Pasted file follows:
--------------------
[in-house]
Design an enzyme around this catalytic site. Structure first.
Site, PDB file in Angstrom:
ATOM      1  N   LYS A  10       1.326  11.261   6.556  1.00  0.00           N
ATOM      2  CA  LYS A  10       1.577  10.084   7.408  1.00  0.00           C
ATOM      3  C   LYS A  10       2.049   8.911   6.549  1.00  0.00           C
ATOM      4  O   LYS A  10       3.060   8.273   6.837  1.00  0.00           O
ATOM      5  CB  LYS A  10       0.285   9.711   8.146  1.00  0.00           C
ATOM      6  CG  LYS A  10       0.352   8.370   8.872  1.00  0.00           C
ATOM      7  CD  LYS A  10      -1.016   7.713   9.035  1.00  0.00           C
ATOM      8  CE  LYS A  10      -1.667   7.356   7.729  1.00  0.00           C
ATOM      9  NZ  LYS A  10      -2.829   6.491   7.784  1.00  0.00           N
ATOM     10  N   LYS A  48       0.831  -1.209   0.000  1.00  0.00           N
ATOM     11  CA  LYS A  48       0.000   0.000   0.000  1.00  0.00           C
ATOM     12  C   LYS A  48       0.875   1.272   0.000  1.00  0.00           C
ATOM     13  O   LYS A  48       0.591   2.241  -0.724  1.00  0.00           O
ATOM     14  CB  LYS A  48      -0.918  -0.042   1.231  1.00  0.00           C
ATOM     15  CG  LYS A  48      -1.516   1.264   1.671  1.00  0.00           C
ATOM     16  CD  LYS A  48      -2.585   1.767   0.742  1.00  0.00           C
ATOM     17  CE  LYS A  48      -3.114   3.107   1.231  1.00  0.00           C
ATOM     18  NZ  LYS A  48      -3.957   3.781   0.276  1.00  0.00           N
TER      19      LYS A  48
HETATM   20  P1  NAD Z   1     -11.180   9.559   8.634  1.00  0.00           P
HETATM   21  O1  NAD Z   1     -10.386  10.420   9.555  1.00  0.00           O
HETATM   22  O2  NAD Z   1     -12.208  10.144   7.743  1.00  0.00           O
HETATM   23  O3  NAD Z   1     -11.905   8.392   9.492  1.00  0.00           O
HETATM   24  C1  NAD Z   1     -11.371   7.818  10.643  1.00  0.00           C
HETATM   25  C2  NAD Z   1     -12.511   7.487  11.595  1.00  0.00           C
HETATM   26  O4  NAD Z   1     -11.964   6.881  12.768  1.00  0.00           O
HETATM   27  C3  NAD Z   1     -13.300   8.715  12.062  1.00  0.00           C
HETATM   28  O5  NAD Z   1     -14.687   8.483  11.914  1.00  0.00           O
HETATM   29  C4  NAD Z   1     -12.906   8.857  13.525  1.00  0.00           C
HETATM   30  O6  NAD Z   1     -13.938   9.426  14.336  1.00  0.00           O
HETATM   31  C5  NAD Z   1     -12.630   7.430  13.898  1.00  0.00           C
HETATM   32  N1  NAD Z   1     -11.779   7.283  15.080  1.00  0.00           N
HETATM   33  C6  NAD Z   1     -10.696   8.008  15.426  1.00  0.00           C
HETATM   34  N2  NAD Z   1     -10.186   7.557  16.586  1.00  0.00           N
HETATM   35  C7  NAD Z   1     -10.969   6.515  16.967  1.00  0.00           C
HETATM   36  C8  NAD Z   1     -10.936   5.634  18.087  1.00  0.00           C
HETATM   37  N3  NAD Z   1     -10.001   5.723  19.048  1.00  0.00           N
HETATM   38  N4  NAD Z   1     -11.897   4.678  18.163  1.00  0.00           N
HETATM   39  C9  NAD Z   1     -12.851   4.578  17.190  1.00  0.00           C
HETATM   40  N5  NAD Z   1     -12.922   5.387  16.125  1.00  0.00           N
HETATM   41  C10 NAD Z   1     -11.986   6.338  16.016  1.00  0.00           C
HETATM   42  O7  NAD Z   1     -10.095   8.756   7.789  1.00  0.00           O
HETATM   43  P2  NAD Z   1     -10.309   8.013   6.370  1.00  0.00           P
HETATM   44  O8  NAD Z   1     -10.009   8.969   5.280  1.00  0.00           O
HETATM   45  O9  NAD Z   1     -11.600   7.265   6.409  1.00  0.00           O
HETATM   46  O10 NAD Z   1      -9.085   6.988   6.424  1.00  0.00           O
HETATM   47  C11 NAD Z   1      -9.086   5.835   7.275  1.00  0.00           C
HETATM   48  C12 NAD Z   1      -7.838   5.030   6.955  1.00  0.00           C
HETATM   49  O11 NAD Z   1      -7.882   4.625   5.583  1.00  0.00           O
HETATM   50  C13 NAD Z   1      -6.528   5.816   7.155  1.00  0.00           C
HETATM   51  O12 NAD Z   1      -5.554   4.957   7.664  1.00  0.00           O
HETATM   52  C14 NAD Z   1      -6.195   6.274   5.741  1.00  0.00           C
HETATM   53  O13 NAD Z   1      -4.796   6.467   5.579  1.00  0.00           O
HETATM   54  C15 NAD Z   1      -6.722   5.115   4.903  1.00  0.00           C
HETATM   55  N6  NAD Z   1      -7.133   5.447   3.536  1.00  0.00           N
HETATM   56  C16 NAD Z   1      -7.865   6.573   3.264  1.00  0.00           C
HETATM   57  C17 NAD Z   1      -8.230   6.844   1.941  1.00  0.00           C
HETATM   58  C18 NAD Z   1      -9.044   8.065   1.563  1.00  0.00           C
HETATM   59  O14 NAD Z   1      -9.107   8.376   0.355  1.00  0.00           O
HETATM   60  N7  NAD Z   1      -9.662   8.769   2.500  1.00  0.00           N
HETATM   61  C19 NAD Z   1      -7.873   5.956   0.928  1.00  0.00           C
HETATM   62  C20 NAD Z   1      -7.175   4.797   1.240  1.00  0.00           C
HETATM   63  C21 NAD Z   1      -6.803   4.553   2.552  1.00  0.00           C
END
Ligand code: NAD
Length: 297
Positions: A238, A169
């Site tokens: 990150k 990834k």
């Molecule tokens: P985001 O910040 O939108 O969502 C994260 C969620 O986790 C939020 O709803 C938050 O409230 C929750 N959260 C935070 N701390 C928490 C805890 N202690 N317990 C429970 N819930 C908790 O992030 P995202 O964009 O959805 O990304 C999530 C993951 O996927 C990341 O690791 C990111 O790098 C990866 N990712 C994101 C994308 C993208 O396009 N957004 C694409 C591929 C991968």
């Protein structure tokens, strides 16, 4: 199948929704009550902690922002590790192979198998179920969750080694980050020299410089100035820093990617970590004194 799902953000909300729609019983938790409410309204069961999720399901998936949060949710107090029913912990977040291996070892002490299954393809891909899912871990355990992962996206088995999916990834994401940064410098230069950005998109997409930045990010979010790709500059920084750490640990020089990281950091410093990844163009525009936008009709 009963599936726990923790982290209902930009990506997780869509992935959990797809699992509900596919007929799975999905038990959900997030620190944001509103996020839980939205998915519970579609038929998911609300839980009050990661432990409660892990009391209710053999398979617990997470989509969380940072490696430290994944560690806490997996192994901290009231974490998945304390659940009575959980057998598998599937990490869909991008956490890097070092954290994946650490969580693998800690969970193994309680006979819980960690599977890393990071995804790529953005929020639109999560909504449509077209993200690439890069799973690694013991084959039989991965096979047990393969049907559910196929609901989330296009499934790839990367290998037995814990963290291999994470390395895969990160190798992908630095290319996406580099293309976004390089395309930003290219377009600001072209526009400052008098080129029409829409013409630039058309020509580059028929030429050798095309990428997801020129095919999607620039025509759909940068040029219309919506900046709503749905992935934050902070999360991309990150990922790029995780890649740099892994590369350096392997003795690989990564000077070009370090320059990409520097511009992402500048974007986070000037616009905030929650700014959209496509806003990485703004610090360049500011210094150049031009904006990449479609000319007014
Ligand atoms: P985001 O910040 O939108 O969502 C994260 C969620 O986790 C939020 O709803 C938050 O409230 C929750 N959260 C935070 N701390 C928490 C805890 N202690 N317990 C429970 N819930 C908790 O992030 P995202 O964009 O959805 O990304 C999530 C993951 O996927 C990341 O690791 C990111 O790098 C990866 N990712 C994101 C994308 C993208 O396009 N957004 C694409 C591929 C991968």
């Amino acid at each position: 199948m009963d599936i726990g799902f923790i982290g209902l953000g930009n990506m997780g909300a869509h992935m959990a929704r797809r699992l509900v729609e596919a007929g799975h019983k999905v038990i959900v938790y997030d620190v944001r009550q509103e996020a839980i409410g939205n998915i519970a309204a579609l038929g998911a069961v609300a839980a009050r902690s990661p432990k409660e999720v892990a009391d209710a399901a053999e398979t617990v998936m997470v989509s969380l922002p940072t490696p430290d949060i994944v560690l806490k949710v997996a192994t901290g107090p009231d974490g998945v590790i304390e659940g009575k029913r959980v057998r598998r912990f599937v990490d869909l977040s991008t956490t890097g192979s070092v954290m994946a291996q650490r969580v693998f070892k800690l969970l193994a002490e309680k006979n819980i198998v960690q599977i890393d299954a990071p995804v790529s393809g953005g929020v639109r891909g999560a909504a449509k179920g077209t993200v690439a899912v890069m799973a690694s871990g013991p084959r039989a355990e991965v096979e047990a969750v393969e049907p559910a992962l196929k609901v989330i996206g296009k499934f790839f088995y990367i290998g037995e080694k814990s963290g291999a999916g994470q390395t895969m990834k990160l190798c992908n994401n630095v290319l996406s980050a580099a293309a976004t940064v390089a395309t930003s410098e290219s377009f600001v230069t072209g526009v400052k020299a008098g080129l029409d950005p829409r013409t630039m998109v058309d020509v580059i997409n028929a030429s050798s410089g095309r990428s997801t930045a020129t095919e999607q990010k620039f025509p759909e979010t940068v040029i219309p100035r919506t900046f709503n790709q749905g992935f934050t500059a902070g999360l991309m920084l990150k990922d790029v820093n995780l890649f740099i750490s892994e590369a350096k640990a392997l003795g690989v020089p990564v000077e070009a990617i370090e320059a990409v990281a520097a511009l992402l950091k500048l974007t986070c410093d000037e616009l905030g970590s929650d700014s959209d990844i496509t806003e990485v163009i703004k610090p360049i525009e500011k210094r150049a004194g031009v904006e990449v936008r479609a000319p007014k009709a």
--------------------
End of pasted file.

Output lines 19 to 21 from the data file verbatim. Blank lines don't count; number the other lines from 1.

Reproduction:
ATOM     16  CD  LYS A  48      -2.585   1.767   0.742  1.00  0.00           C
ATOM     17  CE  LYS A  48      -3.114   3.107   1.231  1.00  0.00           C
ATOM     18  NZ  LYS A  48      -3.957   3.781   0.276  1.00  0.00           N